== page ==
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5 Ways To Break Out of a Creative Photography Rut

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I’m a full time photographer that concentrates on shooting restaurant and bar interiors, food, and cocktails. After strictly shooting that subject matter for long time I found myself uninspired, so I decided to do something about it.

I’m going to share four tips I’ve used over the years to get back on track creatively, hopefully they will help you get out of your photography rut too.

1. Get out of your comfort zone – physically

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I find that I loose inspiration when I’ve been in the same area too long. When things become familiar they become less exciting. If this happens to you there is only one thing to do: leave!

There is huge value in leaving your area, city, or even state for a day or two. The process of traveling to an unfamiliar place jumpstarts the creative process.

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My photography was becoming stagnant so I left downtown San Diego and took an hour drive to Lake Cayumaca. Being in a totally different geographic area afforded me new opportunities to shoot things I don’t see every day in downtown San Diego.

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2. Learn something totally new and uncomfortable

A few years ago I had gotten in a photography rut while shooting a ton of portraits. I decided I needed to learn something new so I decided to learn how to photograph water drops.

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I read a tutorial online and set up a little station in my garage. I didn’t have any experience with macro photography but was excited to try. Check out the setup below:

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It took me a while to start getting decent results but I found myself loving the learning process. I had a great time and came away with a new skill set and a revived creativity.

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If you find yourself in a rut, learn something new that is unfamiliar. While there are people who put my water drop photos to shame I’m still proud of these images and the rut they helped me get out of.

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3. Try a new style of shooting

A few years ago I was starting to learn about rear curtain sync on my flash. I had a few friends who shot really cool light trails in their nightlife photography. I felt a renewed surge of inspiration to try this during a rock concert.

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I plugged an Alien Bees flash trigger into my speed light and put the receiver onto my camera’s hot shoe. This enabled me to hold the flash up, and to the left, with my left hand while holding the camera with my right hand.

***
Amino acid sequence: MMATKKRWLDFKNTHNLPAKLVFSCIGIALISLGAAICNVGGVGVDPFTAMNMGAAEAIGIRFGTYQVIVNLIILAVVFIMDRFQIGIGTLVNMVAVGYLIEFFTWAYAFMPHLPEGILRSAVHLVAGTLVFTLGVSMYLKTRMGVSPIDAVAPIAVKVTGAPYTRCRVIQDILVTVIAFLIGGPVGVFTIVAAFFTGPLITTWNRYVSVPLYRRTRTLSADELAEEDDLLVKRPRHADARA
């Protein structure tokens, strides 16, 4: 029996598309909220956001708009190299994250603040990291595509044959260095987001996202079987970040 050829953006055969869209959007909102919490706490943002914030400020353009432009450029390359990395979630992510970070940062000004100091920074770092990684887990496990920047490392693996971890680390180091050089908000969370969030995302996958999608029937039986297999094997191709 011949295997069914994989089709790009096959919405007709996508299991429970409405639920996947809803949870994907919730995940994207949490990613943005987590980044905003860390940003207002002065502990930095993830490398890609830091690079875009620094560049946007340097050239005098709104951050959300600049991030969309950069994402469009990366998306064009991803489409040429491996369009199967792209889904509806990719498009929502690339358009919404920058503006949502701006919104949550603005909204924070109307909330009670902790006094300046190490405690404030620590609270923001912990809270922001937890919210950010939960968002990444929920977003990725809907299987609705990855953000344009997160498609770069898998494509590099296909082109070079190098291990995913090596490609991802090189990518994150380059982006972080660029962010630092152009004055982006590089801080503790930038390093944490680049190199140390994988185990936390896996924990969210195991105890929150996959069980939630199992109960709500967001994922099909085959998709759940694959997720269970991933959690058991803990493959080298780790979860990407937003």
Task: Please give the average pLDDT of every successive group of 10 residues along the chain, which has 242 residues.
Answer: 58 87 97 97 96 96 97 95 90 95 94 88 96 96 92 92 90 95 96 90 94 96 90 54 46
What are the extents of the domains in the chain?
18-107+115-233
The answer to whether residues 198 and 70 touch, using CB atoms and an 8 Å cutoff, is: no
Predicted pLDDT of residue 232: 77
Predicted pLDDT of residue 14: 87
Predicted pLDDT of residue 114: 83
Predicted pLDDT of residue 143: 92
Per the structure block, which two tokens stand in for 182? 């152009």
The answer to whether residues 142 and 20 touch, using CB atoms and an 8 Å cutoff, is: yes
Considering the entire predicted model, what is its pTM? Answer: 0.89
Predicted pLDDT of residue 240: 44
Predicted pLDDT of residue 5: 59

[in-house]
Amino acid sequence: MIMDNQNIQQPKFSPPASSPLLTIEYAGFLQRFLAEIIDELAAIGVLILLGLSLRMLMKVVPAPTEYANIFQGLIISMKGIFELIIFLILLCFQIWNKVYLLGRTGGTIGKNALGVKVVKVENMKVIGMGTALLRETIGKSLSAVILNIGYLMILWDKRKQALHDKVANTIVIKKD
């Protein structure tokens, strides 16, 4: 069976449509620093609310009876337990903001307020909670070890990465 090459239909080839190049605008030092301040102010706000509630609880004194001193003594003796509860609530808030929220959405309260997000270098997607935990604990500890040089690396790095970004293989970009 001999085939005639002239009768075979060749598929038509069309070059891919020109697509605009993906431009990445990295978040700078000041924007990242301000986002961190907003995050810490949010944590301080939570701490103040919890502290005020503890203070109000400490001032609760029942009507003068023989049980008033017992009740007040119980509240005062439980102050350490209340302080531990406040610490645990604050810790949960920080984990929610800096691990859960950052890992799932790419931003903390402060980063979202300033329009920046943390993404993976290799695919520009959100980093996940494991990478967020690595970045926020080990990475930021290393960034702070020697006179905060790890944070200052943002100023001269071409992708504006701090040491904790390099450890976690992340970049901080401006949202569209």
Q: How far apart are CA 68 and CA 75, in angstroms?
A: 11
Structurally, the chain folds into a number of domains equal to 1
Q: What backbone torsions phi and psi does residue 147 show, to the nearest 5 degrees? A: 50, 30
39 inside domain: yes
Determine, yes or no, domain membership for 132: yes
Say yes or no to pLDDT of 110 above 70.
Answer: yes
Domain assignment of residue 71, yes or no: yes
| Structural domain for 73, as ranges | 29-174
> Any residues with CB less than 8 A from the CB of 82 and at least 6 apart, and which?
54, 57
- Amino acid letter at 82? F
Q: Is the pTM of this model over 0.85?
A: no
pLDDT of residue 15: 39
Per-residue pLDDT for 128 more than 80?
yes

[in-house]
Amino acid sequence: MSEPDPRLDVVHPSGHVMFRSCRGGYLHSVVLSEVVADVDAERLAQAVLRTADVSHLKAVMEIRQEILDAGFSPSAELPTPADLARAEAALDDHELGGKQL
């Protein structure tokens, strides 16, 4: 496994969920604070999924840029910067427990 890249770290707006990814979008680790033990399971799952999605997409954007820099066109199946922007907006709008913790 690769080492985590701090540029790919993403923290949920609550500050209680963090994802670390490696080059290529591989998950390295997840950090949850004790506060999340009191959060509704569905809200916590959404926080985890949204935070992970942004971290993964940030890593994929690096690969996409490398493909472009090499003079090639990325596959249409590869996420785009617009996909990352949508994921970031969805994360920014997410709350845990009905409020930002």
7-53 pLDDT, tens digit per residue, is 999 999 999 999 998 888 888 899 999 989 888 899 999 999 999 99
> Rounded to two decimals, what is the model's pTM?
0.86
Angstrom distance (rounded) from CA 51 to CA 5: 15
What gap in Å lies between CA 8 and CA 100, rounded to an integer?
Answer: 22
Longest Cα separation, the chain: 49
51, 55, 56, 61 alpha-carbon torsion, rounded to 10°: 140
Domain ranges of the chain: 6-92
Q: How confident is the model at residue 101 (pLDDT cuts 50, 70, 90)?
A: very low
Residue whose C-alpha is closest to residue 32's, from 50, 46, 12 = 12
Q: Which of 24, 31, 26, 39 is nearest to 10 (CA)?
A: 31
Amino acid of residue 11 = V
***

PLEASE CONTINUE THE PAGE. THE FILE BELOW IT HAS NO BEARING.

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I put my camera and flash on manual. I used a one-second-long shutter speed and set the flash power to properly expose the musicians a few feet in front of me.

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I clicked the shutter to start the exposure and immediately tilted my camera around in circles or side to side. Moving the camera while the shutter was open captured all the lights in the concert hall in different shapes. In rear curtain sync the flash pops at the end of the exposure and the shutter closes.

This combination of using a long exposure and rear curtain sync to create light trails taught me a new skill that I was excited to keep using in future shoots. It is important to master new skills to keep your creativity up.

4. Start an ongoing project

How ironic that my initial rut that was caused by shooting the same subject matter would become a source of inspiration. After half a year of shooting tons of bars and restaurants I looked back on my photos and noticed my favorite photos from those shoots were the corner bar shots.

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After realizing this I got really excited to get back out there to start a project and shoot more bars and restaurants to add to my collection.

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I’m really excited about this now!  I’m already thinking about my next trip and what bars I’ll stop at to add to my project.

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Getting in a rut happens to us all at one point or another. What ways have you guys found to kickstart your creativity? I’d love to hear your suggestions in the comments below.

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Mike Newton

Mike Newton teaches photography learning shortcuts and other photo hacks at Hacking Photography.